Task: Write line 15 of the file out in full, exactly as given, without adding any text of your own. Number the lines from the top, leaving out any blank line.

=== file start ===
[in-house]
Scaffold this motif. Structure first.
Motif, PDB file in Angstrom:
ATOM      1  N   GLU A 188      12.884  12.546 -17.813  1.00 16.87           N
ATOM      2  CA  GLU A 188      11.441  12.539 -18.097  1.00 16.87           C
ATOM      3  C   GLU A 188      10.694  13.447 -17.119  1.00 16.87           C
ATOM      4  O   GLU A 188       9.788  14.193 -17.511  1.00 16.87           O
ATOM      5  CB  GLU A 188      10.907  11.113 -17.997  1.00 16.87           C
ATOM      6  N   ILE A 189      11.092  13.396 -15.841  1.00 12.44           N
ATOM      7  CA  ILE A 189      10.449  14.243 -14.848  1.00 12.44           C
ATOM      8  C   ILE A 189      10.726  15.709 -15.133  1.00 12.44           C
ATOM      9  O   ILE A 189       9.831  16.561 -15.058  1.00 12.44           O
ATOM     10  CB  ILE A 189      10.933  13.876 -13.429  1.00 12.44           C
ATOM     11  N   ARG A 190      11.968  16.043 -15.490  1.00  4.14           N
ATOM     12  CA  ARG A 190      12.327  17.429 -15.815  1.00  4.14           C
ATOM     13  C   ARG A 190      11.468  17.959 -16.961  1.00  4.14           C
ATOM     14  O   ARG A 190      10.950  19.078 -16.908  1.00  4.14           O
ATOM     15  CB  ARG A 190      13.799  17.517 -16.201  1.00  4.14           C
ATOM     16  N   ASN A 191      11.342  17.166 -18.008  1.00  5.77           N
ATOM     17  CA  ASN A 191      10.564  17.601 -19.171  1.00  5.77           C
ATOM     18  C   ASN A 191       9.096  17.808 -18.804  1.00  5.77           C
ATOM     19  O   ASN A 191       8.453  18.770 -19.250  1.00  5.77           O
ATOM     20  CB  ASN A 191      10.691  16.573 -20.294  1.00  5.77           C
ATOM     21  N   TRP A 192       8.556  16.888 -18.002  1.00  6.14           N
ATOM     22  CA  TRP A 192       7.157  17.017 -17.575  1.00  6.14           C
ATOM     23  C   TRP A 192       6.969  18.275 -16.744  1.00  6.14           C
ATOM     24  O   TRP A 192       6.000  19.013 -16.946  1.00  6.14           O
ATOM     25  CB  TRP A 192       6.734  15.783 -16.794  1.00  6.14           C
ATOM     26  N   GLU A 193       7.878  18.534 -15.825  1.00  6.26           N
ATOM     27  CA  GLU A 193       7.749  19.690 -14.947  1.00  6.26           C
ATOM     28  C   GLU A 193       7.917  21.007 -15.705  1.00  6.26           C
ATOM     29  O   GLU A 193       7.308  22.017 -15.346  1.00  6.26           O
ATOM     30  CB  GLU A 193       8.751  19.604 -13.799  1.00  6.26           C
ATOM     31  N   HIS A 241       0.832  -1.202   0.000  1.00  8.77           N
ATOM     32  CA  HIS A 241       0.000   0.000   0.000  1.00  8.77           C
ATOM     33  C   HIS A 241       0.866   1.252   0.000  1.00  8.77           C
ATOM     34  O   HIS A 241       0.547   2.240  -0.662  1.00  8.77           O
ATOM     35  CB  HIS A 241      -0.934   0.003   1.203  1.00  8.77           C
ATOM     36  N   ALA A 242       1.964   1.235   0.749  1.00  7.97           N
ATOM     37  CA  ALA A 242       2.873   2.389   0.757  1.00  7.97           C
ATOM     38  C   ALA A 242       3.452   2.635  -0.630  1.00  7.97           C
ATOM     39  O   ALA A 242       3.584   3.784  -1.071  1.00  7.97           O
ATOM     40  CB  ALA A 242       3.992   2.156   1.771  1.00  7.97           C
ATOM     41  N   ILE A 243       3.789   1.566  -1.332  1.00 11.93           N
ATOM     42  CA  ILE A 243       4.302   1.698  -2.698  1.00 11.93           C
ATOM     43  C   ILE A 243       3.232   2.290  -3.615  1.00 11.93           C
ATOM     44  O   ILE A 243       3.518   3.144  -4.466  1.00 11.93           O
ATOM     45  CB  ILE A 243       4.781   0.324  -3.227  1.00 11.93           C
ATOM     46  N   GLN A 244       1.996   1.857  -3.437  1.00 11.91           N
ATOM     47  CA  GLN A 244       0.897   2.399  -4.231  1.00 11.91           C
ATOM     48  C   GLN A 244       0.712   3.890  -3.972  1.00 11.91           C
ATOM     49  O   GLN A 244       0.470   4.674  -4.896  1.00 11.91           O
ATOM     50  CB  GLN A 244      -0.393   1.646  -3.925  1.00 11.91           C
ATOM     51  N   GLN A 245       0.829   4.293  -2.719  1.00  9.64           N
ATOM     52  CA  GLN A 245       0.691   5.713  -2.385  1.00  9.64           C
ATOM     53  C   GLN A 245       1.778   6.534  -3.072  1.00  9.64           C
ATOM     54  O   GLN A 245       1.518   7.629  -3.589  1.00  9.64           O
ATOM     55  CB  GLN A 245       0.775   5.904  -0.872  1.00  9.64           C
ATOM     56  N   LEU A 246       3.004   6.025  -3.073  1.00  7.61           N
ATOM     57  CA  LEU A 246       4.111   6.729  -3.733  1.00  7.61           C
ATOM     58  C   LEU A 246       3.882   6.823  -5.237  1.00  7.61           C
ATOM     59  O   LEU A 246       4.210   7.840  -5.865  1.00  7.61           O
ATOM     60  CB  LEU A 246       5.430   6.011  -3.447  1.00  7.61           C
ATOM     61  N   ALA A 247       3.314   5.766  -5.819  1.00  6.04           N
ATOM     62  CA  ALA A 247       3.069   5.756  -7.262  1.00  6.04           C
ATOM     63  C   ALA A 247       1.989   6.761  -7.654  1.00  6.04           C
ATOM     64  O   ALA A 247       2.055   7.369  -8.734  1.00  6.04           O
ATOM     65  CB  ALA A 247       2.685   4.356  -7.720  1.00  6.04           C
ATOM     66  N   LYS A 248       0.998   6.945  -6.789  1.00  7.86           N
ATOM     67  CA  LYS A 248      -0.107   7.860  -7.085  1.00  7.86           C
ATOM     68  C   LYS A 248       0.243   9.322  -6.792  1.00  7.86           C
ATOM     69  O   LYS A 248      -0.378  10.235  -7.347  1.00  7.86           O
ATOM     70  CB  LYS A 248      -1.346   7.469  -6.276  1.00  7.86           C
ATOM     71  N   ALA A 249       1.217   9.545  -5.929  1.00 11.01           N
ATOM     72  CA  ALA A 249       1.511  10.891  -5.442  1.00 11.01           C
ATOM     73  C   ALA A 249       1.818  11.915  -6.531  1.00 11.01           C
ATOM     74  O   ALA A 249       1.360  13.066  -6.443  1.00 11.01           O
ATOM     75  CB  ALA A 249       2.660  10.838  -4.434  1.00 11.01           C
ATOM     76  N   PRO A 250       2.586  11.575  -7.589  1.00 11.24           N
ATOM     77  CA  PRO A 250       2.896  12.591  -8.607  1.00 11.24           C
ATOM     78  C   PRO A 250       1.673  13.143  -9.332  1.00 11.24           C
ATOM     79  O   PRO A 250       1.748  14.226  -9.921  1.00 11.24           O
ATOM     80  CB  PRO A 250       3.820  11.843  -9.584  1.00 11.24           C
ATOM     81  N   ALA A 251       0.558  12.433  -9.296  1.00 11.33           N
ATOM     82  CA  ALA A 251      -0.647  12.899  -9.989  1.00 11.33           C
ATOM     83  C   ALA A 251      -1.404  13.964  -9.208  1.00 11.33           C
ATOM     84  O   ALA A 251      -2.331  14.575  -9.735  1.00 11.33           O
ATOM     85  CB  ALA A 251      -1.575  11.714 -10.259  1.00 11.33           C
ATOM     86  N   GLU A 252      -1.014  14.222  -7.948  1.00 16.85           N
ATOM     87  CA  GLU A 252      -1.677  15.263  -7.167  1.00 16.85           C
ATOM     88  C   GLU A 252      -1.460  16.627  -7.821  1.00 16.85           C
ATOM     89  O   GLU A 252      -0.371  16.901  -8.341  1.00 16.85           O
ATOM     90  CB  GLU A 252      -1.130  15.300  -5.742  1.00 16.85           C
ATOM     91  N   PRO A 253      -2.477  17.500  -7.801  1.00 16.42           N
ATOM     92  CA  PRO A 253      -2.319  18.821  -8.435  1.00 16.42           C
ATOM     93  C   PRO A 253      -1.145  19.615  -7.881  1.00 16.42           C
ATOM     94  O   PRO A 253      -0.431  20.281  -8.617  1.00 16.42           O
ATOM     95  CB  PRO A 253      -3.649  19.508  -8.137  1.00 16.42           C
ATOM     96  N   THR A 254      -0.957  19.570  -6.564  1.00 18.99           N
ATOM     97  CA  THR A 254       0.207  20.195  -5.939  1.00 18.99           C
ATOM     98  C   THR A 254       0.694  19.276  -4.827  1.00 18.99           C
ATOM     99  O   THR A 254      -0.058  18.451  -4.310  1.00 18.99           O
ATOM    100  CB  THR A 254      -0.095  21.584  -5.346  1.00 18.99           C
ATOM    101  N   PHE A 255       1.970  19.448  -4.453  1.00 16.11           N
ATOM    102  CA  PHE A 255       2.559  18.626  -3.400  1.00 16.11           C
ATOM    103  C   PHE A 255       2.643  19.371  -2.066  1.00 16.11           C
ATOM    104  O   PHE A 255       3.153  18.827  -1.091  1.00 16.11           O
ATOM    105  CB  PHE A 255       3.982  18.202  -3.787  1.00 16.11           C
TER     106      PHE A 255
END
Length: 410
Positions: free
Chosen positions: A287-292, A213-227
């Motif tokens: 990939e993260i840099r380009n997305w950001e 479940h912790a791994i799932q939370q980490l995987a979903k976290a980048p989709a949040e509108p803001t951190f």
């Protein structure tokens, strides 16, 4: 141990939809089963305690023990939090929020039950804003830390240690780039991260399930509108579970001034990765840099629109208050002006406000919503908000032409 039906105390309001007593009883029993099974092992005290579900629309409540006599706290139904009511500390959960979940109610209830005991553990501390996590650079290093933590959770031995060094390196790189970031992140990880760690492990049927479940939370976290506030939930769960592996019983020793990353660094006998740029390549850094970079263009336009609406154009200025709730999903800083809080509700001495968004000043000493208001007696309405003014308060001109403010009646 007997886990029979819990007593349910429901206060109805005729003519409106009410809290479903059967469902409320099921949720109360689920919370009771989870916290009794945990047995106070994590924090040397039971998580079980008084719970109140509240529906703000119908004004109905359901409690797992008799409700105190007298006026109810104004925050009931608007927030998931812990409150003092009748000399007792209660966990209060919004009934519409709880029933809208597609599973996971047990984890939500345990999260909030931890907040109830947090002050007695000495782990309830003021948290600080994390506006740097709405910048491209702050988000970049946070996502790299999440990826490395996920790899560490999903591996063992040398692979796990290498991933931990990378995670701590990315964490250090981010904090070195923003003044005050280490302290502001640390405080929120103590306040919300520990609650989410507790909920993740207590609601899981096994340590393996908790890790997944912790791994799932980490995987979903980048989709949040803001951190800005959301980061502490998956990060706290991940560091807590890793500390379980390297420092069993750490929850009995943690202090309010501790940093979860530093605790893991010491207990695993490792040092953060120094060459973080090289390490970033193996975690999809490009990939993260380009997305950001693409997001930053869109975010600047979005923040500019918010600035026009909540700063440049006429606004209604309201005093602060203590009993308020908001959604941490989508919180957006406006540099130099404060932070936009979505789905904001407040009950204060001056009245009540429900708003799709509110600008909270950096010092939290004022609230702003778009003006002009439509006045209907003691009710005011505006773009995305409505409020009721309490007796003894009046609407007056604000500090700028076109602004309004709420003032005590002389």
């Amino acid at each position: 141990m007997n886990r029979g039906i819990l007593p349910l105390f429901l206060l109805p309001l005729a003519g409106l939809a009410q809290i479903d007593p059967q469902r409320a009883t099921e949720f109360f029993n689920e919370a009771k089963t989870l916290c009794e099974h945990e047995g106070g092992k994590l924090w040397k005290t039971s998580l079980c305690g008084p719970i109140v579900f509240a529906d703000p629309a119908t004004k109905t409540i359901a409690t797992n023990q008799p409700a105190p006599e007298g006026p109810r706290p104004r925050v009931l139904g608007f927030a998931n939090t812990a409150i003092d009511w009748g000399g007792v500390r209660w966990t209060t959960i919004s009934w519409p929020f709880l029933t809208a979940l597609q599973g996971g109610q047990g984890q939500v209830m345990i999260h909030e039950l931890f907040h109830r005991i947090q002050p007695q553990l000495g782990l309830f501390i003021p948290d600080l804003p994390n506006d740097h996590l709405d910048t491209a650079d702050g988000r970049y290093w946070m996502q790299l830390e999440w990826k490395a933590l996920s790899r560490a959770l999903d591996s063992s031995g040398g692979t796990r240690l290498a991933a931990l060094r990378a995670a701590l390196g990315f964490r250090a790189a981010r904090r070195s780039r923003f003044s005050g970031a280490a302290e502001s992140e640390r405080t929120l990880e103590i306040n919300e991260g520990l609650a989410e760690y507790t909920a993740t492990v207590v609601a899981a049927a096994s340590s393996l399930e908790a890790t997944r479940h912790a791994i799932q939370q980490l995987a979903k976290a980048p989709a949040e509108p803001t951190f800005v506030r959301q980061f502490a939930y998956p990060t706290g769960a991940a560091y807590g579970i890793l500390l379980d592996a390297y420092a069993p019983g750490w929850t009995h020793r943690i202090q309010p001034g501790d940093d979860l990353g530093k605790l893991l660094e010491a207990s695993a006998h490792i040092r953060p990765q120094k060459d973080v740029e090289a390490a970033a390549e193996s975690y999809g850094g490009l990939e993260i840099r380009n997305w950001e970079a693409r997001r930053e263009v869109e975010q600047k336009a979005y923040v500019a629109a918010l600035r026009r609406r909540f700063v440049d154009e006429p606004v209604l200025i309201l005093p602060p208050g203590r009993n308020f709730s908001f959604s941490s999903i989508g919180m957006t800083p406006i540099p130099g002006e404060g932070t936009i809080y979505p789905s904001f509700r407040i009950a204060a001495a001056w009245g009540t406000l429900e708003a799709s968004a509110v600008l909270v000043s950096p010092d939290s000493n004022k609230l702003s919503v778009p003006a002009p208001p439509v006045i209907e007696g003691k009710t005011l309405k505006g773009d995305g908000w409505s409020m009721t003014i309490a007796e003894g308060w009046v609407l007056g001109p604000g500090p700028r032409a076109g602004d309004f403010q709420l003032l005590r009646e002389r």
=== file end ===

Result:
ATOM     12  CA  ARG A 190      12.327  17.429 -15.815  1.00  4.14           C